The Ohio LSAMP Alliance
The Ohio LSAMP Alliance was established in September 2013 as a new alliance among 7 four-year institutions (Central State University, the University of Cincinnati, Cleveland State University, Miami University, The Ohio State University, Wilberforce University, and Wright State University) and 4 community colleges (Cincinnati State Technical and Community College, Columbus State Community College, Cuyahoga Community College, and Sinclair Community College). In addition, the Alliance works collaboratively with community partners, an Industry Advisory Board, and other NSF-supported programs.
There is an identified need in Ohio for programs to improve retention of underrepresented college students, primarily from the first to the second year of college. The Ohio LSAMP Alliance works collaboratively with industry and community partners to institutionalize effective recruitment and retention programs. Driven by the objectives, programming includes the following alliance-wide activities: articulation agreements and credit transfers, Ohio LSAMP Alliance Conference, innovative curricular reforms in mathematics, interactive web site, sharing of online courses, cyber-enabled sharing of workshops, diversity sensitivity training, collaborative faculty mentoring, and production of Ohio LSAMP Alliance brochures, programs, and other materials. In addition, each institution will provide programming that includes advisement and counseling, residential summer bridge and early arrival programs, undergraduate research internships with stipends, faculty and peer mentoring, and tutoring or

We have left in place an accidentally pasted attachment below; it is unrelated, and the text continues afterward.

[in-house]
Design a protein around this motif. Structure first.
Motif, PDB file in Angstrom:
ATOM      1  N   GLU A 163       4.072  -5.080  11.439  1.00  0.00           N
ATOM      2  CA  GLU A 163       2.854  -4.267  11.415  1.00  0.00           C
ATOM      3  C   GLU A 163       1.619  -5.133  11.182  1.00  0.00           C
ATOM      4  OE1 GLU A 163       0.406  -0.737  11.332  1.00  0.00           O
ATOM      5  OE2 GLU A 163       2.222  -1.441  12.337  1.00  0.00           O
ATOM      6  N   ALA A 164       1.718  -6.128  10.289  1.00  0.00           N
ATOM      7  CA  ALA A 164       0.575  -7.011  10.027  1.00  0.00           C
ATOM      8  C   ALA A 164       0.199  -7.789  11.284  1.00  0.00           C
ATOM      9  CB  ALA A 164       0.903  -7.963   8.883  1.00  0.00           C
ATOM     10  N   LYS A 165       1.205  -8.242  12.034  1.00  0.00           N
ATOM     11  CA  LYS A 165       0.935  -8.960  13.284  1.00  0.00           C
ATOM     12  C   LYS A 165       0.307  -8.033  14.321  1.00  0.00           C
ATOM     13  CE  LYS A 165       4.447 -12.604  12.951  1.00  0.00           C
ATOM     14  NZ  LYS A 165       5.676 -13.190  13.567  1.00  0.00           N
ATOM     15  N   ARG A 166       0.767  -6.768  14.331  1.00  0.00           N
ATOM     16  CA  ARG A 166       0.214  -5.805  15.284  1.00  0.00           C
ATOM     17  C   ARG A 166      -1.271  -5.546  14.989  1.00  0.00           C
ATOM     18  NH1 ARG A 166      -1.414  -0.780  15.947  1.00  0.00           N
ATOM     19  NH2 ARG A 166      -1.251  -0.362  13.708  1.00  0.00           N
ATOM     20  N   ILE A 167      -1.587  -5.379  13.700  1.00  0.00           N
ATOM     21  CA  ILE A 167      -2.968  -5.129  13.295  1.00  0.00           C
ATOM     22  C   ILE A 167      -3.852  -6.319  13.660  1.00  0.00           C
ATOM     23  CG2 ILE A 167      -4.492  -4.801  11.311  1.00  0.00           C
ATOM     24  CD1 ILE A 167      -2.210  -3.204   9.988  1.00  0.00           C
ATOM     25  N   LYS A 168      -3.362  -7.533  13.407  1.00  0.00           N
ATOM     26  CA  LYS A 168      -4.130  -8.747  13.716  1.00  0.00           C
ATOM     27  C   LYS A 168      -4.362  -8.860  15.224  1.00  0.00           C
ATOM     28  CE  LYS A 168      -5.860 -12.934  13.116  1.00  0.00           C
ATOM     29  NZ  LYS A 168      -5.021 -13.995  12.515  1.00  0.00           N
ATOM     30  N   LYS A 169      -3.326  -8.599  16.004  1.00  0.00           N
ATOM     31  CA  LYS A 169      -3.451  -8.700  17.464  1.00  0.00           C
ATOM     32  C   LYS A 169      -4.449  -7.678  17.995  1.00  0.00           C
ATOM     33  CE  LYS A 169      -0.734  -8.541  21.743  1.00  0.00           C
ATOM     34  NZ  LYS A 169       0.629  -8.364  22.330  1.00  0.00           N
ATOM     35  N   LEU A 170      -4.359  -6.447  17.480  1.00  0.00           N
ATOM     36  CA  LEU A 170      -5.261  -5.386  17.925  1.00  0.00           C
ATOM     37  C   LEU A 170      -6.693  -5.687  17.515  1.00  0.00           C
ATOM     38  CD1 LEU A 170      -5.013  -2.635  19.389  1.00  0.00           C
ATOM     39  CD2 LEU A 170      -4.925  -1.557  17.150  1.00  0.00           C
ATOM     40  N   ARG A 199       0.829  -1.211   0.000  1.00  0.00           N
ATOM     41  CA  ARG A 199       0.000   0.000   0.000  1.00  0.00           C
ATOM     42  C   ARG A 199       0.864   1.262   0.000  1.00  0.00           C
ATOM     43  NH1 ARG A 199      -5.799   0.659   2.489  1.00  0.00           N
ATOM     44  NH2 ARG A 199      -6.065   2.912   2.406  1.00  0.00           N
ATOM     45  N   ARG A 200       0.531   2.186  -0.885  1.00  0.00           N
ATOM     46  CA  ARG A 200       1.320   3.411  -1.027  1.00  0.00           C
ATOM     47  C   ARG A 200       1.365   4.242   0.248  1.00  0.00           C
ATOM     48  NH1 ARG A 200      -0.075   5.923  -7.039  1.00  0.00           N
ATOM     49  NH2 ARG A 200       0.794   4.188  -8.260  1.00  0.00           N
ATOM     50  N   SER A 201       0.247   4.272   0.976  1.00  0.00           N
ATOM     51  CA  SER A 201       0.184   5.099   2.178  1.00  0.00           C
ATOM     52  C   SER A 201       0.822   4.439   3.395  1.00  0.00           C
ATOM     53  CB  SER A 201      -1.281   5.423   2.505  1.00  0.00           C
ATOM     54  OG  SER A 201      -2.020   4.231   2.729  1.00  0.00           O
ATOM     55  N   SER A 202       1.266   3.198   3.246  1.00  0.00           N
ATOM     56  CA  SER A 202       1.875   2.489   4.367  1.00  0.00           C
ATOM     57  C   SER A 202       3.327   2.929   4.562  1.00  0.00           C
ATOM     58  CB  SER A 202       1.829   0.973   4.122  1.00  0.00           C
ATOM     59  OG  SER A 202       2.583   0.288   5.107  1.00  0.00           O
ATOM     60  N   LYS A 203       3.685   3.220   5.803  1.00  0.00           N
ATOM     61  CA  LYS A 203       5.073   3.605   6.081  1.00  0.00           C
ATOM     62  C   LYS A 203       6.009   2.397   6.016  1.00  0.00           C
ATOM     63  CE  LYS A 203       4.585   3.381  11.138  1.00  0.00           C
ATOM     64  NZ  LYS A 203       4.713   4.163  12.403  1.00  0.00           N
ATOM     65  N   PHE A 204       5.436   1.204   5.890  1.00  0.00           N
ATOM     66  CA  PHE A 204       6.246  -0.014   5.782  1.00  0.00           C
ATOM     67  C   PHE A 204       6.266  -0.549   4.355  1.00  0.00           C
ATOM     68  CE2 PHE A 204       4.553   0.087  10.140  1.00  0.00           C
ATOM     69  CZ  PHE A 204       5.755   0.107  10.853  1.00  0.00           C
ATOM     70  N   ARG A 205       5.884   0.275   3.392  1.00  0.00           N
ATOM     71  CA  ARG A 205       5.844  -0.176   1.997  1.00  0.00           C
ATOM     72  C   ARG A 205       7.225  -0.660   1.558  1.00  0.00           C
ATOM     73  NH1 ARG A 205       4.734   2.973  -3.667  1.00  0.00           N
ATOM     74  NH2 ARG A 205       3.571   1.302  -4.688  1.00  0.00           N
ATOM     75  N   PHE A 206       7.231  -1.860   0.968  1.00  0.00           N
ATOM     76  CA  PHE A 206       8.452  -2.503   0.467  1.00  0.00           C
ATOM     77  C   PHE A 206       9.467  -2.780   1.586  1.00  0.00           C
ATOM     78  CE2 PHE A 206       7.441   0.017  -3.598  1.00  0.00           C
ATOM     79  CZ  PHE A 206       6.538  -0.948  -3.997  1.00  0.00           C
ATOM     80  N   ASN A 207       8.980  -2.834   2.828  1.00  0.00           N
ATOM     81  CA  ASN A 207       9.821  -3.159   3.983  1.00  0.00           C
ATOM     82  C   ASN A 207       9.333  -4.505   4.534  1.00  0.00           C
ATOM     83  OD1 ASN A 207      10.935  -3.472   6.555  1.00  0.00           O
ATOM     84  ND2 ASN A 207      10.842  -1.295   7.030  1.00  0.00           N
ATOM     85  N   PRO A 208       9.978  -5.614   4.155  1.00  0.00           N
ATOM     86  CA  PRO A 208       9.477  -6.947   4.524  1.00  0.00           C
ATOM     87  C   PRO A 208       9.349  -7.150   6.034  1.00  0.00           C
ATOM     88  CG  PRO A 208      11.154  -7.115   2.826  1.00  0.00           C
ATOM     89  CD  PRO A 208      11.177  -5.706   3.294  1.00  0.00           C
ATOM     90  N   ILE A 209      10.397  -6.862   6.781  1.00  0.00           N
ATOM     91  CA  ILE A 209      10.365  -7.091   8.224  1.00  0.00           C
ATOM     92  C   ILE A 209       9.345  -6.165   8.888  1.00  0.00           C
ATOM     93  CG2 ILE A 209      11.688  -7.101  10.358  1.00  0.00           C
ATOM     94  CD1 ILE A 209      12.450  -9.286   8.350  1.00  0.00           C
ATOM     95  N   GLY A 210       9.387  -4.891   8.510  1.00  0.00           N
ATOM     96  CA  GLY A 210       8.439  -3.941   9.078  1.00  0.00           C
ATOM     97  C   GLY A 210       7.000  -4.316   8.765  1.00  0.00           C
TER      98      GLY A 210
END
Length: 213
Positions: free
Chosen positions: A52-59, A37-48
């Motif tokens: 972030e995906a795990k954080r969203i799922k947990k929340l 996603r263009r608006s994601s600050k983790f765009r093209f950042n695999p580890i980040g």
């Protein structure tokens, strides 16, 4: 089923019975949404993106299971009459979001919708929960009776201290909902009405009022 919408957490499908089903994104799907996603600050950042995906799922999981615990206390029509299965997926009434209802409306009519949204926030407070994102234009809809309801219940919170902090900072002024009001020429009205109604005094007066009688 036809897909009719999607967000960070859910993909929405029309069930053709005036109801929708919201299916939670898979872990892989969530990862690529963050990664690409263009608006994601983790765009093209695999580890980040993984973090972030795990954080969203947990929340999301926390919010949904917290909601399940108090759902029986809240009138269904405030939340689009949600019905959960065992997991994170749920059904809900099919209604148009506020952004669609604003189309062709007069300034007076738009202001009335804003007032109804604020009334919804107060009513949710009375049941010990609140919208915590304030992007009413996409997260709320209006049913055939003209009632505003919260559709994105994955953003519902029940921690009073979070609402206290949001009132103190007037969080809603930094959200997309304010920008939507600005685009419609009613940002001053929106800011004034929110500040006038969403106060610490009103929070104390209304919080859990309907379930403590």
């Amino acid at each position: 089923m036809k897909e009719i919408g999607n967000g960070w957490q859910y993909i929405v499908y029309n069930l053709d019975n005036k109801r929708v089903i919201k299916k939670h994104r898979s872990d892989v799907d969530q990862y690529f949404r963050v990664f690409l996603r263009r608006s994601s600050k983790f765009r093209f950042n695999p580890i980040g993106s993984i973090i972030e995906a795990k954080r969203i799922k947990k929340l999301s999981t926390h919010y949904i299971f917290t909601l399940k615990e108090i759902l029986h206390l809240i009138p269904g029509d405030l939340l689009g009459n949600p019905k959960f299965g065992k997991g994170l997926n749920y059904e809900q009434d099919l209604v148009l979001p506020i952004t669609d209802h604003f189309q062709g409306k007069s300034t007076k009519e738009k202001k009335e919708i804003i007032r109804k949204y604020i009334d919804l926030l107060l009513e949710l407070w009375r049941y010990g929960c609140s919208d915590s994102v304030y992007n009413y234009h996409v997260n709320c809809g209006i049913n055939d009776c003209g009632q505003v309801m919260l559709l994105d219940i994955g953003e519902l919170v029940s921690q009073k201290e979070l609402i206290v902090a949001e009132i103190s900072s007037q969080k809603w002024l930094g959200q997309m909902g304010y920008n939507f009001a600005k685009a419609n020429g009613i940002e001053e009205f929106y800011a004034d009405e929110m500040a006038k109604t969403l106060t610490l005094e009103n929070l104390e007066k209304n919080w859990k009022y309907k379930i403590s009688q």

The Ohio LSAMP Alliance is housed in the Office of Diversity and Inclusion (ODI) at The Ohio State University. The Steering Committee
provides intellectual leadership for STEM-related activities and includes representatives from each partner institution. The evaluation team will implement a comprehensive qualitative and quantitative evaluation and monitoring system to assess the quality of individual program components for internal refinement and external application and to measure the impact of Alliance activities on retention and degree completion.
The Ohio LSAMP Alliance will significantly enhance the STEM infrastructure within Ohio and will serve as a catalyst for change, innovation, and resource enhancement throughout the state. Underrepresented minority students will learn from faculty and peer mentors within Alliance partners, produce research, and participate in scientific conferences. Alliance partners will share resources through cyber-enabled activities, including online courses, interactive web site, and videoconferencing. Institutions of higher education, community partners, and industry will work collaboratively to determine best practices and share resources, avoiding duplication of efforts. Data evaluation will contribute to evidence-based best practices in STEM education for student recruitment, retention, persistence, and attainment of STEM degrees. The Ohio LSAMP Alliance will serve as a national model, distributing best practices through participation in national conferences, higher education media networks, and through a well-developed web site.
The purpose of this alliance is to significantly increase underrepresented minority student recruitment, retention,persistence, and attainment of science, technology, engineering, and mathematics (STEM) degrees. The goal of the program is to double the number of underrepresented minority baccalaureate degrees in STEM disciplines at partner institutions within five years.
The following are the objectives of the Ohio LSAMP Alliance:
1) to foster a partnership among alliance institutions, working with industry and community partners, that results in programming that is
collaborative, effective, and sustainable;
2) to heighten the awareness of opportunities in STEM disciplines and increase the recruitment of underrepresented minority students to STEM majors at partner institutions;
3) to provide early and sustained programs to facilitate the critical transition from high school to college at each partner institution;
4) to increase the retention of first- and second-year underrepresented minority students in STEM disciplines;
5) to improve the disciplinary socialization of underrepresented minority students in STEM disciplines, particularly by providing undergraduate research opportunities through the baccalaureate; and
6) to provide pathways for smooth transitions from community colleges to four-year institutions.